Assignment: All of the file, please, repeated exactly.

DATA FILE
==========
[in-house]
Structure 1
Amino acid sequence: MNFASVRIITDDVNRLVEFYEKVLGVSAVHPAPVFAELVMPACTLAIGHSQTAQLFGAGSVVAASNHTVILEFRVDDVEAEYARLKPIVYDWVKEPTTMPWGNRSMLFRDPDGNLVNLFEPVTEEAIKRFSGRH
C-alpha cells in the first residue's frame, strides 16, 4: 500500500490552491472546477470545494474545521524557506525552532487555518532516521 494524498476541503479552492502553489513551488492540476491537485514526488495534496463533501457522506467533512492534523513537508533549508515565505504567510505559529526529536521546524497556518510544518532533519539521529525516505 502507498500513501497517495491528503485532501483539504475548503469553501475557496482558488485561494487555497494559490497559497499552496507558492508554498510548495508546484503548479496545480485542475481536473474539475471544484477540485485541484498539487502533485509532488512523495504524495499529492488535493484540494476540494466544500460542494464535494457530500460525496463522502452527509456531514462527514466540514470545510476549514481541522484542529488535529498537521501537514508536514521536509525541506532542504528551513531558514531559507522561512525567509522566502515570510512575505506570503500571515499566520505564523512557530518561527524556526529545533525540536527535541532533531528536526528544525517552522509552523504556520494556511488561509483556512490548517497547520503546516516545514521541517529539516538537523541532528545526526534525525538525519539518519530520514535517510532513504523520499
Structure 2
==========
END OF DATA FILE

[in-house]
Structure 1
Amino acid sequence: MNFASVRIITDDVNRLVEFYEKVLGVSAVHPAPVFAELVMPACTLAIGHSQTAQLFGAGSVVAASNHTVILEFRVDDVEAEYARLKPIVYDWVKEPTTMPWGNRSMLFRDPDGNLVNLFEPVTEEAIKRFSGRH
C-alpha cells in the first residue's frame, strides 16, 4: 500500500490552491472546477470545494474545521524557506525552532487555518532516521 494524498476541503479552492502553489513551488492540476491537485514526488495534496463533501457522506467533512492534523513537508533549508515565505504567510505559529526529536521546524497556518510544518532533519539521529525516505 502507498500513501497517495491528503485532501483539504475548503469553501475557496482558488485561494487555497494559490497559497499552496507558492508554498510548495508546484503548479496545480485542475481536473474539475471544484477540485485541484498539487502533485509532488512523495504524495499529492488535493484540494476540494466544500460542494464535494457530500460525496463522502452527509456531514462527514466540514470545510476549514481541522484542529488535529498537521501537514508536514521536509525541506532542504528551513531558514531559507522561512525567509522566502515570510512575505506570503500571515499566520505564523512557530518561527524556526529545533525540536527535541532533531528536526528544525517552522509552523504556520494556511488561509483556512490548517497547520503546516516545514521541517529539516538537523541532528545526526534525525538525519539518519530520514535517510532513504523520499
Structure 2